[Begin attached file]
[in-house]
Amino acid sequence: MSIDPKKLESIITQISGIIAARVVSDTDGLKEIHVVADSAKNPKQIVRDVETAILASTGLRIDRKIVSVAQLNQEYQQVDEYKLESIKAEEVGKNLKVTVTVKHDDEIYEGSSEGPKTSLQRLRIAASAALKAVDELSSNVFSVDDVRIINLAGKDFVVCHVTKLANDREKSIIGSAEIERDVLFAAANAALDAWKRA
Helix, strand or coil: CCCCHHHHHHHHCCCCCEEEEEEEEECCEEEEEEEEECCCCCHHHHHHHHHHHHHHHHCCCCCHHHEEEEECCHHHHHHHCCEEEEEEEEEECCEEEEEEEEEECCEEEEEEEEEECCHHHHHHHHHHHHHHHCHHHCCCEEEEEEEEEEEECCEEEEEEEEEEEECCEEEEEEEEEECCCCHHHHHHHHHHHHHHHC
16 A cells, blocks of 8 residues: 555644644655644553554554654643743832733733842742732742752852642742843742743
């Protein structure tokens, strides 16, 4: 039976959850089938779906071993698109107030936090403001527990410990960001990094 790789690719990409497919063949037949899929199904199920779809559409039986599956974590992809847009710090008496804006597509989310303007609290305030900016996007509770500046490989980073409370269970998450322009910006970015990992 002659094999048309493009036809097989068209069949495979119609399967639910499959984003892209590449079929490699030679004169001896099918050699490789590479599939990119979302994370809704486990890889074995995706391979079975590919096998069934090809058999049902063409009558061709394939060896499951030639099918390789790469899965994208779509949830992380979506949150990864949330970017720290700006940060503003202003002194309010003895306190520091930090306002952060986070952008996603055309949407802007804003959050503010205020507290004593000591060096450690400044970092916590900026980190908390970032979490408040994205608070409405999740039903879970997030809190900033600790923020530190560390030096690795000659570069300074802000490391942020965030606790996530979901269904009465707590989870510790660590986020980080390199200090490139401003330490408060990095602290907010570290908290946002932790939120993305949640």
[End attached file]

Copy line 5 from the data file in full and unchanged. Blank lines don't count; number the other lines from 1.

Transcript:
């Protein structure tokens, strides 16, 4: 039976959850089938779906071993698109107030936090403001527990410990960001990094 790789690719990409497919063949037949899929199904199920779809559409039986599956974590992809847009710090008496804006597509989310303007609290305030900016996007509770500046490989980073409370269970998450322009910006970015990992 002659094999048309493009036809097989068209069949495979119609399967639910499959984003892209590449079929490699030679004169001896099918050699490789590479599939990119979302994370809704486990890889074995995706391979079975590919096998069934090809058999049902063409009558061709394939060896499951030639099918390789790469899965994208779509949830992380979506949150990864949330970017720290700006940060503003202003002194309010003895306190520091930090306002952060986070952008996603055309949407802007804003959050503010205020507290004593000591060096450690400044970092916590900026980190908390970032979490408040994205608070409405999740039903879970997030809190900033600790923020530190560390030096690795000659570069300074802000490391942020965030606790996530979901269904009465707590989870510790660590986020980080390199200090490139401003330490408060990095602290907010570290908290946002932790939120993305949640």